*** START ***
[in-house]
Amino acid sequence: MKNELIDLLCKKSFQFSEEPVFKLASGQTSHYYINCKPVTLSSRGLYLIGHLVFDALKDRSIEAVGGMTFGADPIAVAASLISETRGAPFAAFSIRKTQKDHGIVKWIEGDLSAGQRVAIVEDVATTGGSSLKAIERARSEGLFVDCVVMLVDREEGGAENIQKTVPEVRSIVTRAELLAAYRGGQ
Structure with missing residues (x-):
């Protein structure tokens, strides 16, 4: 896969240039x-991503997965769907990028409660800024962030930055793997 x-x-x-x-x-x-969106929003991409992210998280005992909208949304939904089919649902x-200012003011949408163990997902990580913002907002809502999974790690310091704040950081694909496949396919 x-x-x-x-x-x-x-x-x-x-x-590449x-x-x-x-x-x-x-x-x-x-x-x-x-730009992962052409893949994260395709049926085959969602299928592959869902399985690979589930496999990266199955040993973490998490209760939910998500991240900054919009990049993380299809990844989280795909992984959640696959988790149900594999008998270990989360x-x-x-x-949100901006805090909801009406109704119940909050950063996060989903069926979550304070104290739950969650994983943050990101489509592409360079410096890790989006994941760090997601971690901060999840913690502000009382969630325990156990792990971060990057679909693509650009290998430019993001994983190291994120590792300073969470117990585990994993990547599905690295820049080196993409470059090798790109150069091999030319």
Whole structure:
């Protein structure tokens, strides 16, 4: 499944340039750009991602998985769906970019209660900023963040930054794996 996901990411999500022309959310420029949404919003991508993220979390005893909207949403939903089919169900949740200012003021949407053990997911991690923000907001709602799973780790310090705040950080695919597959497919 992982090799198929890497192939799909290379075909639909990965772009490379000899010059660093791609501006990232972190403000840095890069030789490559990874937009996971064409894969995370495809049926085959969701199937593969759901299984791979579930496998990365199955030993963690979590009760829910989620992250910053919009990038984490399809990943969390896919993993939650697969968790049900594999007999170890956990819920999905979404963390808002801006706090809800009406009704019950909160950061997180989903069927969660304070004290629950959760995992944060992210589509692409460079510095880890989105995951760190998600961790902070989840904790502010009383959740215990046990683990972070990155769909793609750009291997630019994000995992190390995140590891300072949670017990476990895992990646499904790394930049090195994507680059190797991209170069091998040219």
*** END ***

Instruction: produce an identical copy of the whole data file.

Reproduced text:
[in-house]
Amino acid sequence: MKNELIDLLCKKSFQFSEEPVFKLASGQTSHYYINCKPVTLSSRGLYLIGHLVFDALKDRSIEAVGGMTFGADPIAVAASLISETRGAPFAAFSIRKTQKDHGIVKWIEGDLSAGQRVAIVEDVATTGGSSLKAIERARSEGLFVDCVVMLVDREEGGAENIQKTVPEVRSIVTRAELLAAYRGGQ
Structure with missing residues (x-):
């Protein structure tokens, strides 16, 4: 896969240039x-991503997965769907990028409660800024962030930055793997 x-x-x-x-x-x-969106929003991409992210998280005992909208949304939904089919649902x-200012003011949408163990997902990580913002907002809502999974790690310091704040950081694909496949396919 x-x-x-x-x-x-x-x-x-x-x-590449x-x-x-x-x-x-x-x-x-x-x-x-x-730009992962052409893949994260395709049926085959969602299928592959869902399985690979589930496999990266199955040993973490998490209760939910998500991240900054919009990049993380299809990844989280795909992984959640696959988790149900594999008998270990989360x-x-x-x-949100901006805090909801009406109704119940909050950063996060989903069926979550304070104290739950969650994983943050990101489509592409360079410096890790989006994941760090997601971690901060999840913690502000009382969630325990156990792990971060990057679909693509650009290998430019993001994983190291994120590792300073969470117990585990994993990547599905690295820049080196993409470059090798790109150069091999030319």
Whole structure:
């Protein structure tokens, strides 16, 4: 499944340039750009991602998985769906970019209660900023963040930054794996 996901990411999500022309959310420029949404919003991508993220979390005893909207949403939903089919169900949740200012003021949407053990997911991690923000907001709602799973780790310090705040950080695919597959497919 992982090799198929890497192939799909290379075909639909990965772009490379000899010059660093791609501006990232972190403000840095890069030789490559990874937009996971064409894969995370495809049926085959969701199937593969759901299984791979579930496998990365199955030993963690979590009760829910989620992250910053919009990038984490399809990943969390896919993993939650697969968790049900594999007999170890956990819920999905979404963390808002801006706090809800009406009704019950909160950061997180989903069927969660304070004290629950959760995992944060992210589509692409460079510095880890989105995951760190998600961790902070989840904790502010009383959740215990046990683990972070990155769909793609750009291997630019994000995992190390995140590891300072949670017990476990895992990646499904790394930049090195994507680059190797991209170069091998040219």